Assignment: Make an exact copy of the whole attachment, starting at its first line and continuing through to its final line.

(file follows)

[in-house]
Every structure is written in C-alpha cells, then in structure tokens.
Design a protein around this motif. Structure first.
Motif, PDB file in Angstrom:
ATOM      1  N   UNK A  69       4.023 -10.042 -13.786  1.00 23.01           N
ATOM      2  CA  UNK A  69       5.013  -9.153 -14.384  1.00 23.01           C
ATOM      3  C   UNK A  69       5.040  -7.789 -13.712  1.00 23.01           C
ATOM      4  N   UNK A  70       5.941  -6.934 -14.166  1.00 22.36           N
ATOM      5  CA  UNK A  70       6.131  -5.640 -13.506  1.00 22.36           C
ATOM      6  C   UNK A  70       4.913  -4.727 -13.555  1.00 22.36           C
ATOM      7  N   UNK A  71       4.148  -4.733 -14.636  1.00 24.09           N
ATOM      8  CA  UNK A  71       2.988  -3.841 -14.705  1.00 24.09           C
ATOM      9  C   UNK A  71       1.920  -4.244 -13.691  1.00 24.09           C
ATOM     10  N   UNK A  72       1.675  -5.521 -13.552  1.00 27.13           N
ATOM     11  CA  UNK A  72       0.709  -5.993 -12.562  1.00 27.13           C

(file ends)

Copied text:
[in-house]
Every structure is written in C-alpha cells, then in structure tokens.
Design a protein around this motif. Structure first.
Motif, PDB file in Angstrom:
ATOM      1  N   UNK A  69       4.023 -10.042 -13.786  1.00 23.01           N
ATOM      2  CA  UNK A  69       5.013  -9.153 -14.384  1.00 23.01           C
ATOM      3  C   UNK A  69       5.040  -7.789 -13.712  1.00 23.01           C
ATOM      4  N   UNK A  70       5.941  -6.934 -14.166  1.00 22.36           N
ATOM      5  CA  UNK A  70       6.131  -5.640 -13.506  1.00 22.36           C
ATOM      6  C   UNK A  70       4.913  -4.727 -13.555  1.00 22.36           C
ATOM      7  N   UNK A  71       4.148  -4.733 -14.636  1.00 24.09           N
ATOM      8  CA  UNK A  71       2.988  -3.841 -14.705  1.00 24.09           C
ATOM      9  C   UNK A  71       1.920  -4.244 -13.691  1.00 24.09           C
ATOM     10  N   UNK A  72       1.675  -5.521 -13.552  1.00 27.13           N
ATOM     11  CA  UNK A  72       0.709  -5.993 -12.562  1.00 27.13           C